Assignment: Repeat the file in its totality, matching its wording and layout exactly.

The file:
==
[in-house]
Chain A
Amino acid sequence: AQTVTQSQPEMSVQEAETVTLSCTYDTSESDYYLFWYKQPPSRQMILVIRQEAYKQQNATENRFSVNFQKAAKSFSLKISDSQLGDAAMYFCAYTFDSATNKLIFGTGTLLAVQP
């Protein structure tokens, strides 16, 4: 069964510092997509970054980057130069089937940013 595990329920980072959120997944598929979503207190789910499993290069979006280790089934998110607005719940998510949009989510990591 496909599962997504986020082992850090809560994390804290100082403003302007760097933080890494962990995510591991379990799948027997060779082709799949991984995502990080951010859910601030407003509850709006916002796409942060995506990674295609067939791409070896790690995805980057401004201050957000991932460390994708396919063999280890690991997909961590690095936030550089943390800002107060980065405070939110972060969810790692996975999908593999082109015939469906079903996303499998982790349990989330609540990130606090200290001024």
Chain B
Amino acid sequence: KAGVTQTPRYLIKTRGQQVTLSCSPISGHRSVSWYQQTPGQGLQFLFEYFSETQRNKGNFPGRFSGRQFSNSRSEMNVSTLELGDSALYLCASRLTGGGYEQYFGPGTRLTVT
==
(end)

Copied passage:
[in-house]
Chain A
Amino acid sequence: AQTVTQSQPEMSVQEAETVTLSCTYDTSESDYYLFWYKQPPSRQMILVIRQEAYKQQNATENRFSVNFQKAAKSFSLKISDSQLGDAAMYFCAYTFDSATNKLIFGTGTLLAVQP
């Protein structure tokens, strides 16, 4: 069964510092997509970054980057130069089937940013 595990329920980072959120997944598929979503207190789910499993290069979006280790089934998110607005719940998510949009989510990591 496909599962997504986020082992850090809560994390804290100082403003302007760097933080890494962990995510591991379990799948027997060779082709799949991984995502990080951010859910601030407003509850709006916002796409942060995506990674295609067939791409070896790690995805980057401004201050957000991932460390994708396919063999280890690991997909961590690095936030550089943390800002107060980065405070939110972060969810790692996975999908593999082109015939469906079903996303499998982790349990989330609540990130606090200290001024």
Chain B
Amino acid sequence: KAGVTQTPRYLIKTRGQQVTLSCSPISGHRSVSWYQQTPGQGLQFLFEYFSETQRNKGNFPGRFSGRQFSNSRSEMNVSTLELGDSALYLCASRLTGGGYEQYFGPGTRLTVT